- * * * any income derived by the owner or tenant of land if (A) such income is derived under an arrangement, between the owner or tenant and another individual, which provides that such other individual shall produce agricultural or horticultural commodities (including livestock, bees, poultry, and fur-bearing animals and wildlife) on such land, and that there shall be material participation by the owner or tenant in the production or the management of the production of such agricultural or horticultural commodities, and (B) there is material participation by the owner or tenant with respect to any such agricultural or horticultural commodity * * *.
Thus, there are two pertinent requirements which must be met in order for farm rental income to be counted for social security purposes, i.e., an agreement for material participation in the production or the management of the production of crops or livestock by the landowner and actual material participation by such landowner. In some localities the right of the landowner to significantly direct and control the share farmer nearly always exists. If this is true in the particular case, the requirement that there be an agreement to participate is usually met. However, the degree to which a landowner will actually participate varies greatly because of such factors, among others, as the ability and reliability of the share farmer and the age and physical condition of the landowner. In other words, even though the landowner has the right under the arrangement to participate in the operation of the enterprise, if he does not exercise his right to a sufficient extent he will fail to meet the requirements of "material participation."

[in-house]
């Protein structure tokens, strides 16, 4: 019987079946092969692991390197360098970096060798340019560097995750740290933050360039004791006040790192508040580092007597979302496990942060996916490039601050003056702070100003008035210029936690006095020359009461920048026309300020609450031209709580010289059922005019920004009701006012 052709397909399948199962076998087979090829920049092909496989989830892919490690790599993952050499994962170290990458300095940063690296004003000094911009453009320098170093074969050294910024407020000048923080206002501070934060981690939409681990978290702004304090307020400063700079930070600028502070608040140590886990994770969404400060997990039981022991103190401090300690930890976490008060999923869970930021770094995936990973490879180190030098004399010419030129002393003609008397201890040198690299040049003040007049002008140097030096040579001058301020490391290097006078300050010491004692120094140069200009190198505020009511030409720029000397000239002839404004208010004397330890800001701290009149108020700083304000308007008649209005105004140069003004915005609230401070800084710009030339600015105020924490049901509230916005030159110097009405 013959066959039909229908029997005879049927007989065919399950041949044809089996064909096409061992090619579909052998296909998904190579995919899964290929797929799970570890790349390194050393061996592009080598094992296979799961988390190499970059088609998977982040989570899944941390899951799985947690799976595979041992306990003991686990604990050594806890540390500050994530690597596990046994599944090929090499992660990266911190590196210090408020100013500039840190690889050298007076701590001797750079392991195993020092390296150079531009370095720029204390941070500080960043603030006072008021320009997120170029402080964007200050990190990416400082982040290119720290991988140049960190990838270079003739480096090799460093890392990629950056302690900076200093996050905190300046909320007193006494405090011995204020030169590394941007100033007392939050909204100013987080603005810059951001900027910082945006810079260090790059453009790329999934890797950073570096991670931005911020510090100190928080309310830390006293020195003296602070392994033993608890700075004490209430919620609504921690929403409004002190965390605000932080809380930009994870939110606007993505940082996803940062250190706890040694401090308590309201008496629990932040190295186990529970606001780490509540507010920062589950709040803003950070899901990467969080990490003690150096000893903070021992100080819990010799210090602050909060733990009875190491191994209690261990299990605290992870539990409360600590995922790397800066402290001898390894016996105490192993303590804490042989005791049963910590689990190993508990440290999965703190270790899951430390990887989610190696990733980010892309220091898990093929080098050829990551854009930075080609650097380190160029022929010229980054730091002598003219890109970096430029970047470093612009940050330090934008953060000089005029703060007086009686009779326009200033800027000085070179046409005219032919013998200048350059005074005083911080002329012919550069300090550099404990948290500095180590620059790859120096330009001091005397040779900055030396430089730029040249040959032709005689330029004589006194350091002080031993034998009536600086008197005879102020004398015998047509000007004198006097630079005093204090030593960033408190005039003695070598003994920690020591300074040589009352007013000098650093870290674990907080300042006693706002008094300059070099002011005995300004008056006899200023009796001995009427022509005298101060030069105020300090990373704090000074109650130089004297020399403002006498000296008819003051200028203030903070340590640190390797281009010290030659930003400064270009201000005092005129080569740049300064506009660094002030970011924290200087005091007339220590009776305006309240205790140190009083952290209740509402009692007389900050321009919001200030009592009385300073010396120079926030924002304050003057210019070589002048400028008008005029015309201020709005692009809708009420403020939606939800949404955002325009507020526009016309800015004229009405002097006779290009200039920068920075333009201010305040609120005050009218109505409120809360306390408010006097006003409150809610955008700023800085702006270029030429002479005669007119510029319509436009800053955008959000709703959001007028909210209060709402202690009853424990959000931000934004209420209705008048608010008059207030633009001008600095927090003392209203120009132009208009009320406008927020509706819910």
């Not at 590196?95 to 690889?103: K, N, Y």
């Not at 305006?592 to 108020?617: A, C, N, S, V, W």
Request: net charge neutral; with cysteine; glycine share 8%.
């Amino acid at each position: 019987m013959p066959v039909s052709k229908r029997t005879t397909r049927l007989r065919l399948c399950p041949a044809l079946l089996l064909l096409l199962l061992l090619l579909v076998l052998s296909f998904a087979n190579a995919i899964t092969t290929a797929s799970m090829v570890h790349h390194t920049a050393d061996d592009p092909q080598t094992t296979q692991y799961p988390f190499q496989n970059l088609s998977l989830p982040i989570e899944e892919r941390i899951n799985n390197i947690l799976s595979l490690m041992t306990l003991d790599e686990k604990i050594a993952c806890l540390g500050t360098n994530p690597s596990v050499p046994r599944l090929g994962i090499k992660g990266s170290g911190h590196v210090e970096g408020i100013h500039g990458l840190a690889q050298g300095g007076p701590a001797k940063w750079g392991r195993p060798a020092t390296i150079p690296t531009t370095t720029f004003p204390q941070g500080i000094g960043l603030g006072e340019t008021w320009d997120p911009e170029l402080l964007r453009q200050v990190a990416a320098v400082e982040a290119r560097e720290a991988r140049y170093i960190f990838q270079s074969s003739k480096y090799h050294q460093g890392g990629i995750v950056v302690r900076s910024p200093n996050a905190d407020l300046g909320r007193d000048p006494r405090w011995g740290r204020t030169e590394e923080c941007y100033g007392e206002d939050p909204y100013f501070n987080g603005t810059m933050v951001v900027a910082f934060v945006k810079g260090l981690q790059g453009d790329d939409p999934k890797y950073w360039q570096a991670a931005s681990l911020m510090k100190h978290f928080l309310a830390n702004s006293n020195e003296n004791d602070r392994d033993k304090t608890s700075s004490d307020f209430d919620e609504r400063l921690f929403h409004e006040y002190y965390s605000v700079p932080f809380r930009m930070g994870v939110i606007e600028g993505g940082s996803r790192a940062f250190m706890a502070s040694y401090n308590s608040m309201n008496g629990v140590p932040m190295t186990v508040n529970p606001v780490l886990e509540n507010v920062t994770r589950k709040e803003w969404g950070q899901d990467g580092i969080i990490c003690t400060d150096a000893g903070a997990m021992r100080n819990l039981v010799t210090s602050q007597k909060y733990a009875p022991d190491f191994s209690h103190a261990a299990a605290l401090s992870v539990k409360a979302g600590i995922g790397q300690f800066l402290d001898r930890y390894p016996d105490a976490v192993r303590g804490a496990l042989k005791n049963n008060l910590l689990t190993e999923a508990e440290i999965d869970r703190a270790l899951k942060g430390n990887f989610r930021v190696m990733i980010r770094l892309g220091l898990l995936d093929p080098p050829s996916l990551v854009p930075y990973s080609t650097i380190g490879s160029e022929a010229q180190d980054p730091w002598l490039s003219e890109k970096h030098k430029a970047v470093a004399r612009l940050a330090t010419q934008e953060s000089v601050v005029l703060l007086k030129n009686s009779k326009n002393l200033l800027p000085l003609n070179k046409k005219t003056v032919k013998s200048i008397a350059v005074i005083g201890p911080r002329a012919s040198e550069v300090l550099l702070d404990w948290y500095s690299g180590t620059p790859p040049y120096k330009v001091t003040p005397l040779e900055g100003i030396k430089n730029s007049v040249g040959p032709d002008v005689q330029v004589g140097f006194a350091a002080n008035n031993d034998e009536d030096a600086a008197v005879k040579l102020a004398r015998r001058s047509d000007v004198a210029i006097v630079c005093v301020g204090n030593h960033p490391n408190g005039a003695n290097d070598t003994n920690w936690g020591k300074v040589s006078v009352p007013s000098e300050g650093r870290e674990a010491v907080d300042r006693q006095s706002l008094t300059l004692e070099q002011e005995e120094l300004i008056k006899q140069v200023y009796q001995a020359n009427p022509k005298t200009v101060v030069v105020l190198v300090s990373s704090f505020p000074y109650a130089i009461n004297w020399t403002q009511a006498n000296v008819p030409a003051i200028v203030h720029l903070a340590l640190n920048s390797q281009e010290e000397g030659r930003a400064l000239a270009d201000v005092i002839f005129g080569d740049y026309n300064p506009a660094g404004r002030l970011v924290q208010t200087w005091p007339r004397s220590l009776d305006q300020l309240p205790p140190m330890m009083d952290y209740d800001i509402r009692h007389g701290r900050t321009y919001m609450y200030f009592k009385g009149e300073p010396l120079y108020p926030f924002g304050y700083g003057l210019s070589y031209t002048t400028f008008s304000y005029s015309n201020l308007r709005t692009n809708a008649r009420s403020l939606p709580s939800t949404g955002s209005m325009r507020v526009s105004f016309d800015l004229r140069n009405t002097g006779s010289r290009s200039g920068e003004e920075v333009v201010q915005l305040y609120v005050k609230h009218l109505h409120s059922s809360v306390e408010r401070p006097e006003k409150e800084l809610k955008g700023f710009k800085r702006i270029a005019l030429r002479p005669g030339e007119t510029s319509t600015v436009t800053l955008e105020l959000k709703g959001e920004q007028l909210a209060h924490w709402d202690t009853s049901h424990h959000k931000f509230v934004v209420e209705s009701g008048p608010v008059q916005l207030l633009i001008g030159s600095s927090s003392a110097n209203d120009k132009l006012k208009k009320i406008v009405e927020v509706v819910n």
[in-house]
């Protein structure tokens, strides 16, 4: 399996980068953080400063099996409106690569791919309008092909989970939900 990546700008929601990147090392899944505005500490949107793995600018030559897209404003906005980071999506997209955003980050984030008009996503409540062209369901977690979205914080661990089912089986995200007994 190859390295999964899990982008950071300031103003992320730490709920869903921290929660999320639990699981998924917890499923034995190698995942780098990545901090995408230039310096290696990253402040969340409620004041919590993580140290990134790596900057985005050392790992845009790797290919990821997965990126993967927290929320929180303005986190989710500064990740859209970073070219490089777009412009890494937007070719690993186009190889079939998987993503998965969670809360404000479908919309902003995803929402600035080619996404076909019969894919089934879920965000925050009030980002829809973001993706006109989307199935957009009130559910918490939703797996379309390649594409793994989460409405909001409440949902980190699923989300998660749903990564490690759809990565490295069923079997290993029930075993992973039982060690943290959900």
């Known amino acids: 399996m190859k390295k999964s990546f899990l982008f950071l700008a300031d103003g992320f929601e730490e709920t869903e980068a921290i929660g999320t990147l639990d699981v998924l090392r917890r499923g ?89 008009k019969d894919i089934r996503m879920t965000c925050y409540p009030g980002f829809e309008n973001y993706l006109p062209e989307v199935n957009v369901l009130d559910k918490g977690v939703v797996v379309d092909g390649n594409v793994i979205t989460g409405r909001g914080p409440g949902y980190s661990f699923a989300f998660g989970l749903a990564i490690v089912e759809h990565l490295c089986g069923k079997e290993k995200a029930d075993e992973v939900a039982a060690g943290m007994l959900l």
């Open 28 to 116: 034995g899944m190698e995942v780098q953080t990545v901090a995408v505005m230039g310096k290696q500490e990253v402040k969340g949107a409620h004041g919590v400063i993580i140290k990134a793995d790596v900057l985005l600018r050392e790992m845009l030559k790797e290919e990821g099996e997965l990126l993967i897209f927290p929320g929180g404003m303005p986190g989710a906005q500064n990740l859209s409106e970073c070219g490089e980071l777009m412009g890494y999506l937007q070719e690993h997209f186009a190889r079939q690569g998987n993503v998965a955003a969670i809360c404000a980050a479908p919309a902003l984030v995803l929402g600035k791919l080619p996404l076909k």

Although the law doe snot define material participation, the reports of the Senate Committee on Finance, Senate Report No. 2133, 84th Cong., 2d Sess., and the Report of the Committee on Ways and Means, House Report No. 1189, 84th Cong., 1st Sess., indicate that the purpose of the congress in enacting the material participation provision was to cover income from actual work. This purpose is expressed on page 8 of the Senate Report:
- The bill thus would extend coverage under old-age and survivors insurance to certain farmers who, though not covered under the present law, have income from work and therefore are exposed to the type of income loss against which the program is designed to afford protection. [Emphasis added]
The following statement, from page 38 of the Senate Report, contains certain criteria to be considered in determinations of material participation: